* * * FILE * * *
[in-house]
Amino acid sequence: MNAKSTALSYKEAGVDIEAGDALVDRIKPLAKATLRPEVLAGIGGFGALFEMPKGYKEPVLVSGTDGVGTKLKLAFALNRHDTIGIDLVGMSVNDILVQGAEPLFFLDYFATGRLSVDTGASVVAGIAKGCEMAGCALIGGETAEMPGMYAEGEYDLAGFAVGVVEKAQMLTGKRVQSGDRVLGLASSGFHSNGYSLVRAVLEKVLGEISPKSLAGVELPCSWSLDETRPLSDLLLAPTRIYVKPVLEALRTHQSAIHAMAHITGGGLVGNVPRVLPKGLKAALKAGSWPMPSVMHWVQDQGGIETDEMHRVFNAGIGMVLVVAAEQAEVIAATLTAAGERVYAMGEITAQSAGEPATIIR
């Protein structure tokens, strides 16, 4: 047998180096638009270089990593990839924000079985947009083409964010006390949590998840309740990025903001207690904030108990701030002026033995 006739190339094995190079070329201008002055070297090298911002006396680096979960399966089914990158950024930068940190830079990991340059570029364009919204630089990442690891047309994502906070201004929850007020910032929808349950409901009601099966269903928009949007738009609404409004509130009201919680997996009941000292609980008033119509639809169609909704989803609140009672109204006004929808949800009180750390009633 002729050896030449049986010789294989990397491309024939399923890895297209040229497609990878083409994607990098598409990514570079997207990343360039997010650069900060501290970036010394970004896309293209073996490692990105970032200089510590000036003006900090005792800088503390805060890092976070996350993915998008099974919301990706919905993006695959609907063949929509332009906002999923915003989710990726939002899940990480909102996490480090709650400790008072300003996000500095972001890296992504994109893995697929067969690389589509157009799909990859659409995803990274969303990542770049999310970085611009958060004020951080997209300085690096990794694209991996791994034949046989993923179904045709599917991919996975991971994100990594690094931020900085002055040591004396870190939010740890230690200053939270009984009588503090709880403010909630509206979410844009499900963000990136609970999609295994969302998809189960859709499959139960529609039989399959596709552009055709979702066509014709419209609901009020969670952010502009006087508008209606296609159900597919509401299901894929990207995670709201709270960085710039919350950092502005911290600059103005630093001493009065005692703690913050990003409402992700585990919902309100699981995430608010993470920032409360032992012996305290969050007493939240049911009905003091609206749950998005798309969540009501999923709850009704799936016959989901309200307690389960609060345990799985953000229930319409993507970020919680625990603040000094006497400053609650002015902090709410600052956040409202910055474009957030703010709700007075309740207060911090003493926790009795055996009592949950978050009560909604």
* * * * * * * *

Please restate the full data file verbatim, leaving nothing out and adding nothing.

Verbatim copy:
[in-house]
Amino acid sequence: MNAKSTALSYKEAGVDIEAGDALVDRIKPLAKATLRPEVLAGIGGFGALFEMPKGYKEPVLVSGTDGVGTKLKLAFALNRHDTIGIDLVGMSVNDILVQGAEPLFFLDYFATGRLSVDTGASVVAGIAKGCEMAGCALIGGETAEMPGMYAEGEYDLAGFAVGVVEKAQMLTGKRVQSGDRVLGLASSGFHSNGYSLVRAVLEKVLGEISPKSLAGVELPCSWSLDETRPLSDLLLAPTRIYVKPVLEALRTHQSAIHAMAHITGGGLVGNVPRVLPKGLKAALKAGSWPMPSVMHWVQDQGGIETDEMHRVFNAGIGMVLVVAAEQAEVIAATLTAAGERVYAMGEITAQSAGEPATIIR
């Protein structure tokens, strides 16, 4: 047998180096638009270089990593990839924000079985947009083409964010006390949590998840309740990025903001207690904030108990701030002026033995 006739190339094995190079070329201008002055070297090298911002006396680096979960399966089914990158950024930068940190830079990991340059570029364009919204630089990442690891047309994502906070201004929850007020910032929808349950409901009601099966269903928009949007738009609404409004509130009201919680997996009941000292609980008033119509639809169609909704989803609140009672109204006004929808949800009180750390009633 002729050896030449049986010789294989990397491309024939399923890895297209040229497609990878083409994607990098598409990514570079997207990343360039997010650069900060501290970036010394970004896309293209073996490692990105970032200089510590000036003006900090005792800088503390805060890092976070996350993915998008099974919301990706919905993006695959609907063949929509332009906002999923915003989710990726939002899940990480909102996490480090709650400790008072300003996000500095972001890296992504994109893995697929067969690389589509157009799909990859659409995803990274969303990542770049999310970085611009958060004020951080997209300085690096990794694209991996791994034949046989993923179904045709599917991919996975991971994100990594690094931020900085002055040591004396870190939010740890230690200053939270009984009588503090709880403010909630509206979410844009499900963000990136609970999609295994969302998809189960859709499959139960529609039989399959596709552009055709979702066509014709419209609901009020969670952010502009006087508008209606296609159900597919509401299901894929990207995670709201709270960085710039919350950092502005911290600059103005630093001493009065005692703690913050990003409402992700585990919902309100699981995430608010993470920032409360032992012996305290969050007493939240049911009905003091609206749950998005798309969540009501999923709850009704799936016959989901309200307690389960609060345990799985953000229930319409993507970020919680625990603040000094006497400053609650002015902090709410600052956040409202910055474009957030703010709700007075309740207060911090003493926790009795055996009592949950978050009560909604």